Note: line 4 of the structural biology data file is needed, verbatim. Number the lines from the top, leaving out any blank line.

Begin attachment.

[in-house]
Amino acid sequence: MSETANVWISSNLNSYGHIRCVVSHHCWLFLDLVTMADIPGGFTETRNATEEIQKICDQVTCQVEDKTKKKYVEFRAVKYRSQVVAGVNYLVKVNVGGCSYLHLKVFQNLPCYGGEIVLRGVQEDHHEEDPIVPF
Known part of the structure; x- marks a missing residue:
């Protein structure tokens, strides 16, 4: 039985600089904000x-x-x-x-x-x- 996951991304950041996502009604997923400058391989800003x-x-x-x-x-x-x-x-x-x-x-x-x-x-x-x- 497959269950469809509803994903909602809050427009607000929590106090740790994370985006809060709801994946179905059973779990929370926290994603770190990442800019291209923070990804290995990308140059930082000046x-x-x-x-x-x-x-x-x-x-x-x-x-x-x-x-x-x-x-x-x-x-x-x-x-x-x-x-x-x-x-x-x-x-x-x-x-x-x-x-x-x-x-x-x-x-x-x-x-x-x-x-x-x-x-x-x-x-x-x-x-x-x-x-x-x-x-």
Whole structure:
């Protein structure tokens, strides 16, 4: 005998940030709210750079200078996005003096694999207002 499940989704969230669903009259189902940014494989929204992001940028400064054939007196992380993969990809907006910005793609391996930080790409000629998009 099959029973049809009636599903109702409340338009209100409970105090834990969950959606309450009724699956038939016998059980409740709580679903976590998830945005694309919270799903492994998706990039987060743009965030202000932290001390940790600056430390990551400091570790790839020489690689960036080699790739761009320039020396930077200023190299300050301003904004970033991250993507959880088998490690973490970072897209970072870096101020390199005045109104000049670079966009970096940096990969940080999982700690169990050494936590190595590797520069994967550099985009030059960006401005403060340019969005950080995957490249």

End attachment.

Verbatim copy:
């Protein structure tokens, strides 16, 4: 039985600089904000x-x-x-x-x-x- 996951991304950041996502009604997923400058391989800003x-x-x-x-x-x-x-x-x-x-x-x-x-x-x-x- 497959269950469809509803994903909602809050427009607000929590106090740790994370985006809060709801994946179905059973779990929370926290994603770190990442800019291209923070990804290995990308140059930082000046x-x-x-x-x-x-x-x-x-x-x-x-x-x-x-x-x-x-x-x-x-x-x-x-x-x-x-x-x-x-x-x-x-x-x-x-x-x-x-x-x-x-x-x-x-x-x-x-x-x-x-x-x-x-x-x-x-x-x-x-x-x-x-x-x-x-x-």